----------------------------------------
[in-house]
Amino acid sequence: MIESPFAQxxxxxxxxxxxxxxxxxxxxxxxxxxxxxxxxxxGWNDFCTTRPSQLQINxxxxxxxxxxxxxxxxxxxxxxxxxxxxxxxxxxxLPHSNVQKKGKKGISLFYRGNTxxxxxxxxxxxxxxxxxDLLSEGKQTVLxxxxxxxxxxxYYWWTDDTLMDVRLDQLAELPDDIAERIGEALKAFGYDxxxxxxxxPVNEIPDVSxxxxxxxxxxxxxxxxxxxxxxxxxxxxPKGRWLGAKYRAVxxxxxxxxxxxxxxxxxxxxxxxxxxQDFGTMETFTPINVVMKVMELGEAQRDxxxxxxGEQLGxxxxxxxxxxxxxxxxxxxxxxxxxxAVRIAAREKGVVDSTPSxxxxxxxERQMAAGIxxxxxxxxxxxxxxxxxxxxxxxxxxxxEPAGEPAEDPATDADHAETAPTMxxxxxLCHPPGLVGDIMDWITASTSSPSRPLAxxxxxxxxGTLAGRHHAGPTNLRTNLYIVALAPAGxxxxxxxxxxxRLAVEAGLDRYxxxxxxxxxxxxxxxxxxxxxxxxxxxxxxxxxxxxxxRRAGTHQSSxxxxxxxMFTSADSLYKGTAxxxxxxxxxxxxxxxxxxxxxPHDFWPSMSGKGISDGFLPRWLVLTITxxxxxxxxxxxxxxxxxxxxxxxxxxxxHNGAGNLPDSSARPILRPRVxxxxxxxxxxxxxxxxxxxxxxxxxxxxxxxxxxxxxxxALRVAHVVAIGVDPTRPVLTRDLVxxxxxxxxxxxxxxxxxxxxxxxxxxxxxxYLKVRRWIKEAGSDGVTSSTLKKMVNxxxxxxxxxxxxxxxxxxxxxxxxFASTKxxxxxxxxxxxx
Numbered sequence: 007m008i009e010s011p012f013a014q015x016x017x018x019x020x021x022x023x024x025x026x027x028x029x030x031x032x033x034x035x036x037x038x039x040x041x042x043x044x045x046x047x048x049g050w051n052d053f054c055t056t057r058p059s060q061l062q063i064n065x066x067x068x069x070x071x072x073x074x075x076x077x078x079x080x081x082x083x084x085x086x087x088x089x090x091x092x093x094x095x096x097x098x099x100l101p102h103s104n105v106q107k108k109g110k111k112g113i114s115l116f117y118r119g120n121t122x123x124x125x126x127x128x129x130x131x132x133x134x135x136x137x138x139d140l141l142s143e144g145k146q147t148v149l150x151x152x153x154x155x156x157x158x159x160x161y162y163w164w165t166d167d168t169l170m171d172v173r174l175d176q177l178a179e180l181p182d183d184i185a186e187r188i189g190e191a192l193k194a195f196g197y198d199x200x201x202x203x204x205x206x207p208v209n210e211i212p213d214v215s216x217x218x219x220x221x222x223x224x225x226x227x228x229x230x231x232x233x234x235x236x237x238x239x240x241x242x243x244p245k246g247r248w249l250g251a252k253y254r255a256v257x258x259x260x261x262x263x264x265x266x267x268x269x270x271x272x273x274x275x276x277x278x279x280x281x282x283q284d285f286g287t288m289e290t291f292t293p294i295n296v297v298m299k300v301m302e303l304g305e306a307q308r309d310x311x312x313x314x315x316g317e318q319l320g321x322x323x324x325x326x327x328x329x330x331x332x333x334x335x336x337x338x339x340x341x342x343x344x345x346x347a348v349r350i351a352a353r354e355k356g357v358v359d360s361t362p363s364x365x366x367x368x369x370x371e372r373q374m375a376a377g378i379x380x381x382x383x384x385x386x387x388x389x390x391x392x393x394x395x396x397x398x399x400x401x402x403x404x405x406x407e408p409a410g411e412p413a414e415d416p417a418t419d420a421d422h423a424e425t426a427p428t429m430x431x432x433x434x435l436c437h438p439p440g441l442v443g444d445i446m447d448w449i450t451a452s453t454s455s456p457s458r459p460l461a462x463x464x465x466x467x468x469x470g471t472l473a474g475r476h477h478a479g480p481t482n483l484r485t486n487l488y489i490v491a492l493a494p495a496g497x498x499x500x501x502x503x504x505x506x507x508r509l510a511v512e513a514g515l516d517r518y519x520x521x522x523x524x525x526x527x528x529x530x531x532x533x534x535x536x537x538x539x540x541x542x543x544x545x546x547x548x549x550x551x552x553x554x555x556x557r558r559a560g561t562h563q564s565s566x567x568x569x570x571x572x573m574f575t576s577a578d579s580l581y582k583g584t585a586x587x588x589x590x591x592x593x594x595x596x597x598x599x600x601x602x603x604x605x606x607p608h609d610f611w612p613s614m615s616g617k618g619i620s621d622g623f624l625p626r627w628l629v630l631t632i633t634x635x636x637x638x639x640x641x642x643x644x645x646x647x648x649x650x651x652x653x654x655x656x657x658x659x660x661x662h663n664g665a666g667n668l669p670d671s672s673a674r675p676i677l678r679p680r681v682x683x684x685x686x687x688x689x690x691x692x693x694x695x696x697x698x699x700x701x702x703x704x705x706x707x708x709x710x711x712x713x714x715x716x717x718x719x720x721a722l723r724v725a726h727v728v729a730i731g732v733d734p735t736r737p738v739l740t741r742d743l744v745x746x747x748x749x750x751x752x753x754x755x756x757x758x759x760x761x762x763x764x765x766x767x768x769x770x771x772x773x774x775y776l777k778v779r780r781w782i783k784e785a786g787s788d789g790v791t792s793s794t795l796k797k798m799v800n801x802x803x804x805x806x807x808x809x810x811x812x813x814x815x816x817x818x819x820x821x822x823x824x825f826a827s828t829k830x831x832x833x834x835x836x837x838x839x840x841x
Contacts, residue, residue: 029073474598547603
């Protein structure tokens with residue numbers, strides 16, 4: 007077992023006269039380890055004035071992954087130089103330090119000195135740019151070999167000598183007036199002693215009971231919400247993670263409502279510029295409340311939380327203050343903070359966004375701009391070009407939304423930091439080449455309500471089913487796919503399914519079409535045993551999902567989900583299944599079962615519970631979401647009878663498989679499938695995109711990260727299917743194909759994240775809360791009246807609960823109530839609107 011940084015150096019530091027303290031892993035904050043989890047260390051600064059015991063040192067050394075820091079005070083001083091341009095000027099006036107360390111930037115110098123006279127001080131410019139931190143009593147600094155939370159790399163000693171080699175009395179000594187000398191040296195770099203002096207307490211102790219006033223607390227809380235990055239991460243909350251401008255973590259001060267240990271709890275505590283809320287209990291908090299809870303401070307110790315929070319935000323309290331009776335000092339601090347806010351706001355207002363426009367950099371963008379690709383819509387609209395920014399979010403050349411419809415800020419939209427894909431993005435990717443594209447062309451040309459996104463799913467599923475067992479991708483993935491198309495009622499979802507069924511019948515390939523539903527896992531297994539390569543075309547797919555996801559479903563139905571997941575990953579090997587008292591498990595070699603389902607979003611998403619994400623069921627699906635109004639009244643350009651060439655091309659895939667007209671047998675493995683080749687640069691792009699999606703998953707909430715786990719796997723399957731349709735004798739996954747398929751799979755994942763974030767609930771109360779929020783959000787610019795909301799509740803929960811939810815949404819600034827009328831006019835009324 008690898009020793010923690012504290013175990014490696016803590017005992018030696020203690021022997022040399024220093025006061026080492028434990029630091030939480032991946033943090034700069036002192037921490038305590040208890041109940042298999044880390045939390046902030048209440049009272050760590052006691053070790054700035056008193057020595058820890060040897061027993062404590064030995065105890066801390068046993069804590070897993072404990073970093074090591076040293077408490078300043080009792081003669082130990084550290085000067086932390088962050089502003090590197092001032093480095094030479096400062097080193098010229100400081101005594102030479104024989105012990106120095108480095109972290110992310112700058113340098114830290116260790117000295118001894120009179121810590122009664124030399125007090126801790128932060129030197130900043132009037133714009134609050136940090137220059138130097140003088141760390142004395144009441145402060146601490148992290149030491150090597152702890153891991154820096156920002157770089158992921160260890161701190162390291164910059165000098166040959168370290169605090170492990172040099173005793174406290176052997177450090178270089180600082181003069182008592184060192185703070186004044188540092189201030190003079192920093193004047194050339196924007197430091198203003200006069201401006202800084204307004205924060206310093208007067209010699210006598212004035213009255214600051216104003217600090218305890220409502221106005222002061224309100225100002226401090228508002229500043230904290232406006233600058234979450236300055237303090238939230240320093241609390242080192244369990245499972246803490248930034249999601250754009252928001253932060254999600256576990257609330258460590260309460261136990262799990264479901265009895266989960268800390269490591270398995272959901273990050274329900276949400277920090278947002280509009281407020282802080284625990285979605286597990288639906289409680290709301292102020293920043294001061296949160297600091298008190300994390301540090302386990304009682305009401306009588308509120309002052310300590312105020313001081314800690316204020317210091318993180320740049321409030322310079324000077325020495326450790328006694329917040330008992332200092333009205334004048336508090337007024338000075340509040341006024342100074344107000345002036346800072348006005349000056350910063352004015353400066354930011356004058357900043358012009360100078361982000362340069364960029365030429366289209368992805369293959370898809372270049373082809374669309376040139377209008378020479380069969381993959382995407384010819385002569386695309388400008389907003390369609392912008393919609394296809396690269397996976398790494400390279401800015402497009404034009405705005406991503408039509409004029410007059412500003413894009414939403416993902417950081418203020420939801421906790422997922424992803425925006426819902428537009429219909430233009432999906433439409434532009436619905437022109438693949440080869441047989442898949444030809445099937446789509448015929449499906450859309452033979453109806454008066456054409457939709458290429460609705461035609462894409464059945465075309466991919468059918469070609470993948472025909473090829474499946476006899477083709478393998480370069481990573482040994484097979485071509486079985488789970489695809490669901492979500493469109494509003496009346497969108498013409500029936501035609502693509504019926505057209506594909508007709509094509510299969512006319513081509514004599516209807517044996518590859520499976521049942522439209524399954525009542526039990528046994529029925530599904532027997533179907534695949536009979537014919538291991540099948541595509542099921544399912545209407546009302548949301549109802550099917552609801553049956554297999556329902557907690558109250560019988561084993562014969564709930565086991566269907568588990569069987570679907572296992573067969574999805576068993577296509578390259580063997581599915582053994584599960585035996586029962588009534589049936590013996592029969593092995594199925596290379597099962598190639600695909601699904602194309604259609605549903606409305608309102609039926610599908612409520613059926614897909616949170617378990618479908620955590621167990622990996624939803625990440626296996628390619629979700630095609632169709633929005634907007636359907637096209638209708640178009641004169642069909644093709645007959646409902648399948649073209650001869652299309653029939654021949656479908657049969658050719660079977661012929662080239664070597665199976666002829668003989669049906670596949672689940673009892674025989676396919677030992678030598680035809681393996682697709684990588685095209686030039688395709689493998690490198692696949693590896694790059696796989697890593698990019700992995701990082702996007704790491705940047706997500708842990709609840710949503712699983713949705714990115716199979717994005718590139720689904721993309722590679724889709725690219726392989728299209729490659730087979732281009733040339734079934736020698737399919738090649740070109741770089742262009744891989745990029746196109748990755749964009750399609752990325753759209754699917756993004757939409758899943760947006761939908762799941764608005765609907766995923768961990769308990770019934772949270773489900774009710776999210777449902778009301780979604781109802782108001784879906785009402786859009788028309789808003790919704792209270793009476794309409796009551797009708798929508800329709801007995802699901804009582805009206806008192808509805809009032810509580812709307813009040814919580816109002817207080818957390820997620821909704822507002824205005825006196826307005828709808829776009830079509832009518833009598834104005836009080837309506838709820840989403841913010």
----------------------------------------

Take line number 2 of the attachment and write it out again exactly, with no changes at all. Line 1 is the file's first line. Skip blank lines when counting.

Amino acid sequence: MIESPFAQxxxxxxxxxxxxxxxxxxxxxxxxxxxxxxxxxxGWNDFCTTRPSQLQINxxxxxxxxxxxxxxxxxxxxxxxxxxxxxxxxxxxLPHSNVQKKGKKGISLFYRGNTxxxxxxxxxxxxxxxxxDLLSEGKQTVLxxxxxxxxxxxYYWWTDDTLMDVRLDQLAELPDDIAERIGEALKAFGYDxxxxxxxxPVNEIPDVSxxxxxxxxxxxxxxxxxxxxxxxxxxxxPKGRWLGAKYRAVxxxxxxxxxxxxxxxxxxxxxxxxxxQDFGTMETFTPINVVMKVMELGEAQRDxxxxxxGEQLGxxxxxxxxxxxxxxxxxxxxxxxxxxAVRIAAREKGVVDSTPSxxxxxxxERQMAAGIxxxxxxxxxxxxxxxxxxxxxxxxxxxxEPAGEPAEDPATDADHAETAPTMxxxxxLCHPPGLVGDIMDWITASTSSPSRPLAxxxxxxxxGTLAGRHHAGPTNLRTNLYIVALAPAGxxxxxxxxxxxRLAVEAGLDRYxxxxxxxxxxxxxxxxxxxxxxxxxxxxxxxxxxxxxxRRAGTHQSSxxxxxxxMFTSADSLYKGTAxxxxxxxxxxxxxxxxxxxxxPHDFWPSMSGKGISDGFLPRWLVLTITxxxxxxxxxxxxxxxxxxxxxxxxxxxxHNGAGNLPDSSARPILRPRVxxxxxxxxxxxxxxxxxxxxxxxxxxxxxxxxxxxxxxxALRVAHVVAIGVDPTRPVLTRDLVxxxxxxxxxxxxxxxxxxxxxxxxxxxxxxYLKVRRWIKEAGSDGVTSSTLKKMVNxxxxxxxxxxxxxxxxxxxxxxxxFASTKxxxxxxxxxxxx